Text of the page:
American Therapeutic Corporation, which managed seven CMHCs along with American Sleep Institute (ASI), submitted more than $205 million in false and fraudulent claims to Medicare for services that were medically unnecessary, not eligible for Medicare reimbursement, or were never provided. The fraud scheme included paying large kickbacks in exchange for Medicare beneficiaries who claimed to receive ATC and ASI services. Medical directors signed patient files without reading them, did not see patients, and changed, removed, or placed patients on psychotropic medications without medical evaluation, designed to conceal the fact that many of the patients did not qualify for reimbursement. Twenty-four defendants have been sentenced to a combined total of more than 200 years in prison for crimes related to this scheme.

Biscayne Milieu

A Miami-based CMHC devised a $55 million Medicare scheme involving patient recruiters, kickbacks, billing for services not provided, and billing for ineligible patients. They billed Medicare for patients who were not mentally ill, but rather soliciting false diagnoses so they could be exempt from portions of their U.S. citizenship application. The fraud scheme also involved fake case managers and phony medical records. Owners and more than 25 other defendants either pled guilty or were convicted at trial. The three owners were jailed for a combined 77 years.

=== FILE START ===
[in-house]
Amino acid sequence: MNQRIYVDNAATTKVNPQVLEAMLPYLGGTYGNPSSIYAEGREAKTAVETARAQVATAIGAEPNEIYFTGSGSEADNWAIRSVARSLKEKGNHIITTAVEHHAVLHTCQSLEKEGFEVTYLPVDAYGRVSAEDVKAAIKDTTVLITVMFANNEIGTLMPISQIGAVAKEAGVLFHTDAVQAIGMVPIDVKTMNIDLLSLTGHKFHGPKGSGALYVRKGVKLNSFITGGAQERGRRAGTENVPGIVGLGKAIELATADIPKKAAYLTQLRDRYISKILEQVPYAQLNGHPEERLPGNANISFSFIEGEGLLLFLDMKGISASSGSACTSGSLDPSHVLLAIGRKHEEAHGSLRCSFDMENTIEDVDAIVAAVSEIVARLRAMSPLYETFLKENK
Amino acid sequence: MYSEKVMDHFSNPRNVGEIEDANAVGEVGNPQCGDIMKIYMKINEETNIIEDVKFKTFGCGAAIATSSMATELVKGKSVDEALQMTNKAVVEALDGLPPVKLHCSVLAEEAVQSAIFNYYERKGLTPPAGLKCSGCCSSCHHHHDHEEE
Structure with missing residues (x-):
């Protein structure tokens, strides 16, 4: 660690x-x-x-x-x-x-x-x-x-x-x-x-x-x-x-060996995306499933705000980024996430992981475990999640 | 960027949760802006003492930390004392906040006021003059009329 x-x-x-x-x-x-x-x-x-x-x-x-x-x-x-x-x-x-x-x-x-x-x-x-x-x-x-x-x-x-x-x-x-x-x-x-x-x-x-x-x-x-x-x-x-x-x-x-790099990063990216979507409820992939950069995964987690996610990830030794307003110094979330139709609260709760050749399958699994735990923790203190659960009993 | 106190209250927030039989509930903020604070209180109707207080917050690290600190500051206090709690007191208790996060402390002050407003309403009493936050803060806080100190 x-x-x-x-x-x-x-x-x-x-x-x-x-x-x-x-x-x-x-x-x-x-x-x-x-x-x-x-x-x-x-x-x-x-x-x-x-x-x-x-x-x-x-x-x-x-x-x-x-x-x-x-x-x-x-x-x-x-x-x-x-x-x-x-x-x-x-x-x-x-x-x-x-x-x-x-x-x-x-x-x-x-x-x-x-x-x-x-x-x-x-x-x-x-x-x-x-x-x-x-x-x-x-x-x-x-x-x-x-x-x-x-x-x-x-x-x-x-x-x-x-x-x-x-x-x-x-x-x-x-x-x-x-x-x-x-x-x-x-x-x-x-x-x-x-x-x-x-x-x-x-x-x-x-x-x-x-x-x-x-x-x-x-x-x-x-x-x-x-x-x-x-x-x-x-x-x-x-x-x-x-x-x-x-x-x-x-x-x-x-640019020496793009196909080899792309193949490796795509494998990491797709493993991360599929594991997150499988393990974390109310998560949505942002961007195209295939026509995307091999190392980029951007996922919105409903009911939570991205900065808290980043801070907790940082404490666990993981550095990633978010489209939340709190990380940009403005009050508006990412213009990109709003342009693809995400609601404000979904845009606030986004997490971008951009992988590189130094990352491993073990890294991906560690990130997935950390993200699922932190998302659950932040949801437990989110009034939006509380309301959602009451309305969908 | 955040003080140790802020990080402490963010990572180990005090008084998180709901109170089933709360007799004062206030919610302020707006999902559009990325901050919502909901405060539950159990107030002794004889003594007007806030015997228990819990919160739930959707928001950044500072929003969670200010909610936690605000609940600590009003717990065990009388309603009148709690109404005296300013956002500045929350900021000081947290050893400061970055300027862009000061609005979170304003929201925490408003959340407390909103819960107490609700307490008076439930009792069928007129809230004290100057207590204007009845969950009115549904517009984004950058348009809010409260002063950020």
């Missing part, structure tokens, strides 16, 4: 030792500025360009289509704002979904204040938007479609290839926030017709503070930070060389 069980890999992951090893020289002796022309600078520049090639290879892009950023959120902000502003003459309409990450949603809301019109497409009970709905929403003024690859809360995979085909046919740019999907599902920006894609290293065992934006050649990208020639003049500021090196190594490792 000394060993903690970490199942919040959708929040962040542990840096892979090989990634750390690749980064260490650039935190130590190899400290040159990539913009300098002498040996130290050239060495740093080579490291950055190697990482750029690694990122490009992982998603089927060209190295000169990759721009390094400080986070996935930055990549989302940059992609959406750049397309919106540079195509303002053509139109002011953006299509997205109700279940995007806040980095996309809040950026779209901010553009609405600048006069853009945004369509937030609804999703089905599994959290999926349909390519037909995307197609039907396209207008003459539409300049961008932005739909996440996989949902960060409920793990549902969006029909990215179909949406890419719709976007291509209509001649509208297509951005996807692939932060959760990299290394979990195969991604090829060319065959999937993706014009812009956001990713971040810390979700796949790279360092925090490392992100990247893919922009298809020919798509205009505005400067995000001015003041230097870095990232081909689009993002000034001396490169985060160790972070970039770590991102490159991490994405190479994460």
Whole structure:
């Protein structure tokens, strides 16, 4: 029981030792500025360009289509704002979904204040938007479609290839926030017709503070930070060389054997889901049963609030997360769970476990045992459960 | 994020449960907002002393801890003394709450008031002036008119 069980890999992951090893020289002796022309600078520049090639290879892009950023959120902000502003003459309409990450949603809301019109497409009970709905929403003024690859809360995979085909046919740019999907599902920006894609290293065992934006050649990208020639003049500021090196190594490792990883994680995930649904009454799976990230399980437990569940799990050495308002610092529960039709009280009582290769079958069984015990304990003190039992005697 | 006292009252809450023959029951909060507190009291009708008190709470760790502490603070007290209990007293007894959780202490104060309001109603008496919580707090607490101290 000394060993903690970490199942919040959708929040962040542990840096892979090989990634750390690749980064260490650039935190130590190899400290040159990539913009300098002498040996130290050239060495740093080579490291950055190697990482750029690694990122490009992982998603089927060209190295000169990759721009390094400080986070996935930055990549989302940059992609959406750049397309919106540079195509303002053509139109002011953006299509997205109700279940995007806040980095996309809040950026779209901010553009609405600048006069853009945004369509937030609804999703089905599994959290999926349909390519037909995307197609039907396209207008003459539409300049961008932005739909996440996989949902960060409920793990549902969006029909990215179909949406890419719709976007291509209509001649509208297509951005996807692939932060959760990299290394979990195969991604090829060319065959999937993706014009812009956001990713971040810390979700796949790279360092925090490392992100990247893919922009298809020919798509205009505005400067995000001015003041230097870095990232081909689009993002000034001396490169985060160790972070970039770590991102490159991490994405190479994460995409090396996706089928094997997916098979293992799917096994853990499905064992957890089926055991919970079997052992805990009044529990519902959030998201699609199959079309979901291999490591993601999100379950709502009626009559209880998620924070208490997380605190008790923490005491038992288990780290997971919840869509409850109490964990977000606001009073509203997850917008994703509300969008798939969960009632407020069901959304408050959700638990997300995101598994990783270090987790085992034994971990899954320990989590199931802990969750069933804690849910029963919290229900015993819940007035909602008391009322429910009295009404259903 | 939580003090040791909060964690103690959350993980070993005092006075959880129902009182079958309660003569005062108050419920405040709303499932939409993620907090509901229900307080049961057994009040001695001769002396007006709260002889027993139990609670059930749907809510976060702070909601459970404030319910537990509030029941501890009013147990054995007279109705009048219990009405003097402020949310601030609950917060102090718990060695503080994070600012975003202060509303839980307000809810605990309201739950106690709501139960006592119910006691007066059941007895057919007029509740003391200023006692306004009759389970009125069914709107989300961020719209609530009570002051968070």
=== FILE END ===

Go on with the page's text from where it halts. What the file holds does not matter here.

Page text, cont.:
Spectrum Care P.A.

A CMHC based in Houston, Texas was charged with submitting $97 million in claims to Medicare for services that were unnecessary or not provided. The scheme included paying kickbacks in the form of cash, gifts cards, and even cigarettes in exchange for delivering Medicare patients who were willing to sign files documenting services they never received and/or were not qualified to receive. Meanwhile, the patients allegedly played bingo and watched movies. Eight were indicted in this case.

Health Care Solutions Network

A Florida CMHC submitted claims to Medicare using a personal Medicare provider number for individual therapy it claimed to provide, while knowing that they were simultaneously billing for services for the same patients. They also paid kickbacks to a local assisted living facility for referring patients, many of whom weren’t even eligible for the services. Employees forged records to support the $56 million in fraudulent claims submitted to Medicare and Florida Medicaid. In total, 12 defendants were sentenced to a combined 70 years in prison and ordered to pay $186 million in restitution.

Richard P. Kusserow served as DHHS Inspector General for 11 years. He currently is CEO of Strategic Management Services, LLC (SM), a firm that has assisted more than 3,000 organizations and entities with compliance related matters. The SM sister company, CRC, provides a wide range of compliance tools including sanction-screening.

Connect with Richard Kusserow on Google+ or LinkedIn.

Copyright © 2014 Strategic Management Services, LLC. Published with permission.